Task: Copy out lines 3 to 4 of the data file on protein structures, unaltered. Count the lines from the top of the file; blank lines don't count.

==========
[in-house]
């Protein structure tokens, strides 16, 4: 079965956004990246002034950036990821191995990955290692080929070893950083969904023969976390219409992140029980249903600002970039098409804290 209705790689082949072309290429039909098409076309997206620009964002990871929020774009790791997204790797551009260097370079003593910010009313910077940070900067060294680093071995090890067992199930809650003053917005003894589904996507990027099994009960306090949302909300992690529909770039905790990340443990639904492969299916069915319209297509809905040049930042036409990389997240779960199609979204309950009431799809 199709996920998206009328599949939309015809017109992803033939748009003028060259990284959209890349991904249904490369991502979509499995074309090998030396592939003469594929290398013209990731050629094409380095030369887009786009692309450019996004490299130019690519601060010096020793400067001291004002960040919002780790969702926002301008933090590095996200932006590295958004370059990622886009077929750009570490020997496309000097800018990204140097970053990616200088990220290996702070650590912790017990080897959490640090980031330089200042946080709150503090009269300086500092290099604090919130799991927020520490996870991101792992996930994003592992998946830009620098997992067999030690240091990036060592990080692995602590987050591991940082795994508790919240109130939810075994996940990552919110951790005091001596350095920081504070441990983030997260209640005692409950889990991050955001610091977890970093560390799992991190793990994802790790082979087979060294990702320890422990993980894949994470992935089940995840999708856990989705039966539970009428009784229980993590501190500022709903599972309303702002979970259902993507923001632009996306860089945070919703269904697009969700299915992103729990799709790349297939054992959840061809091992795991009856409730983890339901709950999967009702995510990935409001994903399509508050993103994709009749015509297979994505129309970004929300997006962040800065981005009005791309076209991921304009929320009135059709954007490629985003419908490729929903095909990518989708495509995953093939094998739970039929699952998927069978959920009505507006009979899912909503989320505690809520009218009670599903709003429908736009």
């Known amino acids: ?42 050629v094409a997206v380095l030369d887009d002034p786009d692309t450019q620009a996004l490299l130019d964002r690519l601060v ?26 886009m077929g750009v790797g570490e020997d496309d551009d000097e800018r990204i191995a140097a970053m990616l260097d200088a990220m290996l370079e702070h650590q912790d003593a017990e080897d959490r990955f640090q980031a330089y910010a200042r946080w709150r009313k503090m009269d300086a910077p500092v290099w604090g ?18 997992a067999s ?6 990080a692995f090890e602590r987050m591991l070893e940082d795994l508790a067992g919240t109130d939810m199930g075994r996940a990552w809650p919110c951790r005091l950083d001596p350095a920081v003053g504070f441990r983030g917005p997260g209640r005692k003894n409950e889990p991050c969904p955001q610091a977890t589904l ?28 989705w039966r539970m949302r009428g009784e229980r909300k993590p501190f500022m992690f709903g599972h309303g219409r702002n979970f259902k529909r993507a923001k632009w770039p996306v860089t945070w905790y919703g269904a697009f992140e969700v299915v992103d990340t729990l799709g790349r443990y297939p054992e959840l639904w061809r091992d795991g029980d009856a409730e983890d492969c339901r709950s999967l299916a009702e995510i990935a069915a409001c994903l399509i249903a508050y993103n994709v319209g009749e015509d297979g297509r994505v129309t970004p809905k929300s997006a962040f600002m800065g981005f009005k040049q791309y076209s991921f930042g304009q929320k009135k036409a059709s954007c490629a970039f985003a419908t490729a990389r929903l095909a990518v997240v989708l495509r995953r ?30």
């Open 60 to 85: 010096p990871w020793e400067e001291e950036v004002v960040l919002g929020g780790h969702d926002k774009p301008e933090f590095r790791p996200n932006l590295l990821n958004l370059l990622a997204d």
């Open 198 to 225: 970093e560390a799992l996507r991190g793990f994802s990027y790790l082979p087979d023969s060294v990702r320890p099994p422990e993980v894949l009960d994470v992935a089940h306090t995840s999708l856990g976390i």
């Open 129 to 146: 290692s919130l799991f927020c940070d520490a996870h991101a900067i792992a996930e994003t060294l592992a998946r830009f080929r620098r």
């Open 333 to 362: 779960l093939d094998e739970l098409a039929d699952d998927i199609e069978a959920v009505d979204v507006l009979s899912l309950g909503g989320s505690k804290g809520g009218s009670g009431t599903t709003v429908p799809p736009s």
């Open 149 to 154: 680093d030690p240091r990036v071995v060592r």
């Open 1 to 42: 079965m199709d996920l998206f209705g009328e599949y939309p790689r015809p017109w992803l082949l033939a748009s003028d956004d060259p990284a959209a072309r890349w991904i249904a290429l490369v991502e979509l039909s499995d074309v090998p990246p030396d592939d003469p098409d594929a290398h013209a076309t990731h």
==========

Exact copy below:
């Known amino acids: ?42 050629v094409a997206v380095l030369d887009d002034p786009d692309t450019q620009a996004l490299l130019d964002r690519l601060v ?26 886009m077929g750009v790797g570490e020997d496309d551009d000097e800018r990204i191995a140097a970053m990616l260097d200088a990220m290996l370079e702070h650590q912790d003593a017990e080897d959490r990955f640090q980031a330089y910010a200042r946080w709150r009313k503090m009269d300086a910077p500092v290099w604090g ?18 997992a067999s ?6 990080a692995f090890e602590r987050m591991l070893e940082d795994l508790a067992g919240t109130d939810m199930g075994r996940a990552w809650p919110c951790r005091l950083d001596p350095a920081v003053g504070f441990r983030g917005p997260g209640r005692k003894n409950e889990p991050c969904p955001q610091a977890t589904l ?28 989705w039966r539970m949302r009428g009784e229980r909300k993590p501190f500022m992690f709903g599972h309303g219409r702002n979970f259902k529909r993507a923001k632009w770039p996306v860089t945070w905790y919703g269904a697009f992140e969700v299915v992103d990340t729990l799709g790349r443990y297939p054992e959840l639904w061809r091992d795991g029980d009856a409730e983890d492969c339901r709950s999967l299916a009702e995510i990935a069915a409001c994903l399509i249903a508050y993103n994709v319209g009749e015509d297979g297509r994505v129309t970004p809905k929300s997006a962040f600002m800065g981005f009005k040049q791309y076209s991921f930042g304009q929320k009135k036409a059709s954007c490629a970039f985003a419908t490729a990389r929903l095909a990518v997240v989708l495509r995953r ?30």
């Open 60 to 85: 010096p990871w020793e400067e001291e950036v004002v960040l919002g929020g780790h969702d926002k774009p301008e933090f590095r790791p996200n932006l590295l990821n958004l370059l990622a997204d």